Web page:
Who is My Mother? Part III (Sort of)

Ah, clearly I’ve been working myself up to Part III, my mother in my teenage years. And now that I’m here, I want to back out. Never mind, I think. It’s all old news, anyway. She did what she felt she could at the time, and some of it wasn’t enough for me. End of story.

Though of course, if it were truly the end of the story, I wouldn’t still be thinking about it all these years later, now would I? And I suppose it’s not very considerate of my teen self to just dismiss her concerns as “old news,” not if it still feels fresh to her. I started to write about it from her perspective. And it really turned out to be her story, with my mom as one of the supporting actors.

Age 14, February – June

We moved across country to New England in February. It’s completely freezing here, and I don’t have any of the right clothes or boots. Not right meaning they aren’t warm enough and even the new coat and boots my mom bought are not right because they are cheap and completely uncool.

We live in this big old house, and Debra and I have bedrooms on the top floor, and it’s really, really cold up here. The heat only blows on the first and second floors. I feel like we moved to the Arctic Circle.

It’s also a cold place in terms of friends. Maybe since it’s the second half of eighth grade, everyone already has all their friends. I feel invisible. The first day or two a few people asked me questions, weird ones like if I knew any movie stars, since we moved from California. After that, I wasn’t interesting anymore. The only girl who talks to me is Monica, and that’s because everyone hates her and treats her mean and she’s lonely. I feel sorry for her and I’m nice to her, but honestly we don’t have much in common. She isn’t good in school and only talks about make-up and boys, especially the boys who get in trouble.

I’m in junior high, and we share the building with the high school kids. They go in the morning, and we go 12:30 to 6:30 pm. So in the morning everyone gets up and has breakfast and the others go to elementary school and I do the breakfast dishes and my mom starts laundry and then she goes to help Leo at the store. I finish homework if I haven’t already. Then it’s boring. I started watching soap operas at 11 sometimes, but I’m always afraid mom or Leo might come home to get something and I’ll get in trouble.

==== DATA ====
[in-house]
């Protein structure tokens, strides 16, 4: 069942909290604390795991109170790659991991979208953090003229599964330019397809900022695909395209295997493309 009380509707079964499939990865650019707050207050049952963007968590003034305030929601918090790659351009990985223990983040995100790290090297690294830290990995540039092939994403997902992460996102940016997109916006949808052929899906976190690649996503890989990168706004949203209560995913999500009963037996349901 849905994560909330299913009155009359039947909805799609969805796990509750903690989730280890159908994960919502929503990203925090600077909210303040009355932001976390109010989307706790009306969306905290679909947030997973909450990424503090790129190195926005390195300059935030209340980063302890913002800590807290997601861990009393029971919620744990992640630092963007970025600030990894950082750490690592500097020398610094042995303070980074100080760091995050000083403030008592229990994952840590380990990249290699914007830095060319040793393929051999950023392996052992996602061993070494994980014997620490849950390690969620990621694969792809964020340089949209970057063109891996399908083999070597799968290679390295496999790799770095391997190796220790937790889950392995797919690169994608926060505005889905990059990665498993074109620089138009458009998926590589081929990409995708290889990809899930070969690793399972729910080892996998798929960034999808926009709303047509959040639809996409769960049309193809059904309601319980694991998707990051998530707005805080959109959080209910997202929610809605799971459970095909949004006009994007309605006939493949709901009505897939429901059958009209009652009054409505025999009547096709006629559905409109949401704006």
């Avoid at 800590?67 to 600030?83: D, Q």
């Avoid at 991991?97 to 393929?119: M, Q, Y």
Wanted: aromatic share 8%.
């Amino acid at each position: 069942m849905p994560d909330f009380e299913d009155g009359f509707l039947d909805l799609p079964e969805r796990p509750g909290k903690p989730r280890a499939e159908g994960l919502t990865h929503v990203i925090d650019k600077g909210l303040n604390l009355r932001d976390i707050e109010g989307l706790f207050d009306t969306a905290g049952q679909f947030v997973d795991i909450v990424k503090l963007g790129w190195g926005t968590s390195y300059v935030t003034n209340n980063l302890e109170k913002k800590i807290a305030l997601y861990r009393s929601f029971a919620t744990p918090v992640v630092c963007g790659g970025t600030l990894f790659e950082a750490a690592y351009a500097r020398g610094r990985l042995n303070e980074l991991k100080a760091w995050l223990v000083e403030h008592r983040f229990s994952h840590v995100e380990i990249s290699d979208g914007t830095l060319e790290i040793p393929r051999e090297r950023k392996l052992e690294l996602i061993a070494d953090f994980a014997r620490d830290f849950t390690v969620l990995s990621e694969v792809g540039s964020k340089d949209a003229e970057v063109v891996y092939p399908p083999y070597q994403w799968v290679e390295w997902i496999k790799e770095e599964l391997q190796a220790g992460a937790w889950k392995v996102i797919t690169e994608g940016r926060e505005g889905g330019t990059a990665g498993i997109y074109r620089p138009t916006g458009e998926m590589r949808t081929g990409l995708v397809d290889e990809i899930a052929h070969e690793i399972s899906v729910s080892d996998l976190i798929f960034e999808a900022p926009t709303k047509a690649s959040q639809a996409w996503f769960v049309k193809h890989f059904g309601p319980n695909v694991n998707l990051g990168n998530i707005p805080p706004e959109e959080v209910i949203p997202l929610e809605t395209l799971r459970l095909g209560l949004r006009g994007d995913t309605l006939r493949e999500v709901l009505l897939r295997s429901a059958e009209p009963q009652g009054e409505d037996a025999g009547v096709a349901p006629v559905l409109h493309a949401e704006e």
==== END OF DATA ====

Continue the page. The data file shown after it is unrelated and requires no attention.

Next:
Because now we get in trouble for everything. Leo seemed nice, most of the time, before they got married. But he’s not. He yells a lot when he gets mad, and he gets mad easy. He has a ton of rules, like we can’t touch his stuff (but he can go in our rooms and take things). We have to sit at the dinner table and wait to be excused until he says we are excused, so he can make us sit there for ages listening to him tell us everything we did wrong. He has ideas like blue and brown don’t go together so he wouldn’t let me wear my brown sweater with jeans. He doesn’t like if I am talking to one of my sisters and laughing; he says we are too loud. It’s like he wants to be miserable and grumpy and can’t stand if anyone else is happy. I think sometimes he makes us cry on purpose. He’s just mean. He grounds us a lot. We never used to get grounded. We used to get spanked or sometimes talked to. But mostly spanked when we were little.

My mom lets him be mean to us. She tries to keep him calm by giving in to everything he says. She tries to imagine what he wants and do it before he says it. She lets him punish us even though she should be deciding that. He doesn’t even know us. And I know he doesn’t like us. He hates us, I think. He makes fun of us. He says stuff to us like, “That’s just stupid.” I think he wishes that he married my mom but she didn’t come with kids.

I am glad we are going to California for six weeks this summer. I want to see my friends and family and be away from Leo.

July – August

The day before we came to California, my mom and Leo had a huge fight. I don’t know what they said, but I could hear him yelling at her, and she was crying. It was the weekend, and she took us to the river to go swimming. While we were in the river, I could see her sitting under a tree, still crying. She wouldn’t tell us why she was crying, but this is what I thought: Leo told her that she had to get rid of us. He ordered her to have us killed, so he wouldn’t have to put up with us anymore. She was very sad about it (that’s why she was crying), but she had agreed in order to make him happy. I thought maybe he would have the airplane bombed, and the whole time on the plane to California, I was afraid. Well, maybe that sounds dumb to you, but that’s what I thought. I didn’t tell my sisters or my brother though because I couldn’t stop it anyway, and I didn’t want them to be scared too.

It’s great to see Grandpa and Grandma. I missed them so much. Mostly we stay at my dad’s house, the new one he bought with his girlfriend. The pool is fun but the house is really small so we have to sleep in a tent outside in sleeping bags. For a month. Because I guess we aren’t really his kids anymore so he doesn’t need to make space for us?

My mom sends us letters and doesn’t say she wants us to never come back. That’s good, I guess. Or maybe on the airplane home… ???